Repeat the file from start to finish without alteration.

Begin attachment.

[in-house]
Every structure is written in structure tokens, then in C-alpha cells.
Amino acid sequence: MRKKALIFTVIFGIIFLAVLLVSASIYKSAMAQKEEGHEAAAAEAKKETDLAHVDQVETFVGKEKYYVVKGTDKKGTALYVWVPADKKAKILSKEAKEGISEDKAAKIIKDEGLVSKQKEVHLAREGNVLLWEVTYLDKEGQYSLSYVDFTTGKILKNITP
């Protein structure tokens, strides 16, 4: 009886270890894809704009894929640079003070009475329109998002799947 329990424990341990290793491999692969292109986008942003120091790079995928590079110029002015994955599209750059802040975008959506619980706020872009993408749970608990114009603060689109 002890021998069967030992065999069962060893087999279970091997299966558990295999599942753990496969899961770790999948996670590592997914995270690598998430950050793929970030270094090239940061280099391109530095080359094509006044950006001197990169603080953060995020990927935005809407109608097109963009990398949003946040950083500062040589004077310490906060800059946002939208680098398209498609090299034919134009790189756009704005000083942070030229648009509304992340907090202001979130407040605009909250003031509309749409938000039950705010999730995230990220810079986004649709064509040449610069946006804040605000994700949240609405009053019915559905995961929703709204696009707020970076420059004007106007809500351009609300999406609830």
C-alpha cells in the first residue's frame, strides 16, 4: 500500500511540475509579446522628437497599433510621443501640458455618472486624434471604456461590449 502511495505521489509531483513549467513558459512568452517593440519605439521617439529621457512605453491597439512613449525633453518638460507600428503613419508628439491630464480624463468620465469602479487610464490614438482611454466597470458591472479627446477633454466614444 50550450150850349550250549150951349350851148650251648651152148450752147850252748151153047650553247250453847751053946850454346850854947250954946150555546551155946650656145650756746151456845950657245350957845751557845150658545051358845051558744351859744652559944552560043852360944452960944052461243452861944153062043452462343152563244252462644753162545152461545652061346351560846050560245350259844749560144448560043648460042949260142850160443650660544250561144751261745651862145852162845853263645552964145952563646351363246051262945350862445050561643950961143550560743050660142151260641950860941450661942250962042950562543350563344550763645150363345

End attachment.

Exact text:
[in-house]
Every structure is written in structure tokens, then in C-alpha cells.
Amino acid sequence: MRKKALIFTVIFGIIFLAVLLVSASIYKSAMAQKEEGHEAAAAEAKKETDLAHVDQVETFVGKEKYYVVKGTDKKGTALYVWVPADKKAKILSKEAKEGISEDKAAKIIKDEGLVSKQKEVHLAREGNVLLWEVTYLDKEGQYSLSYVDFTTGKILKNITP
């Protein structure tokens, strides 16, 4: 009886270890894809704009894929640079003070009475329109998002799947 329990424990341990290793491999692969292109986008942003120091790079995928590079110029002015994955599209750059802040975008959506619980706020872009993408749970608990114009603060689109 002890021998069967030992065999069962060893087999279970091997299966558990295999599942753990496969899961770790999948996670590592997914995270690598998430950050793929970030270094090239940061280099391109530095080359094509006044950006001197990169603080953060995020990927935005809407109608097109963009990398949003946040950083500062040589004077310490906060800059946002939208680098398209498609090299034919134009790189756009704005000083942070030229648009509304992340907090202001979130407040605009909250003031509309749409938000039950705010999730995230990220810079986004649709064509040449610069946006804040605000994700949240609405009053019915559905995961929703709204696009707020970076420059004007106007809500351009609300999406609830």
C-alpha cells in the first residue's frame, strides 16, 4: 500500500511540475509579446522628437497599433510621443501640458455618472486624434471604456461590449 502511495505521489509531483513549467513558459512568452517593440519605439521617439529621457512605453491597439512613449525633453518638460507600428503613419508628439491630464480624463468620465469602479487610464490614438482611454466597470458591472479627446477633454466614444 50550450150850349550250549150951349350851148650251648651152148450752147850252748151153047650553247250453847751053946850454346850854947250954946150555546551155946650656145650756746151456845950657245350957845751557845150658545051358845051558744351859744652559944552560043852360944452960944052461243452861944153062043452462343152563244252462644753162545152461545652061346351560846050560245350259844749560144448560043648460042949260142850160443650660544250561144751261745651862145852162845853263645552964145952563646351363246051262945350862445050561643950961143550560743050660142151260641950860941450661942250962042950562543350563344550763645150363345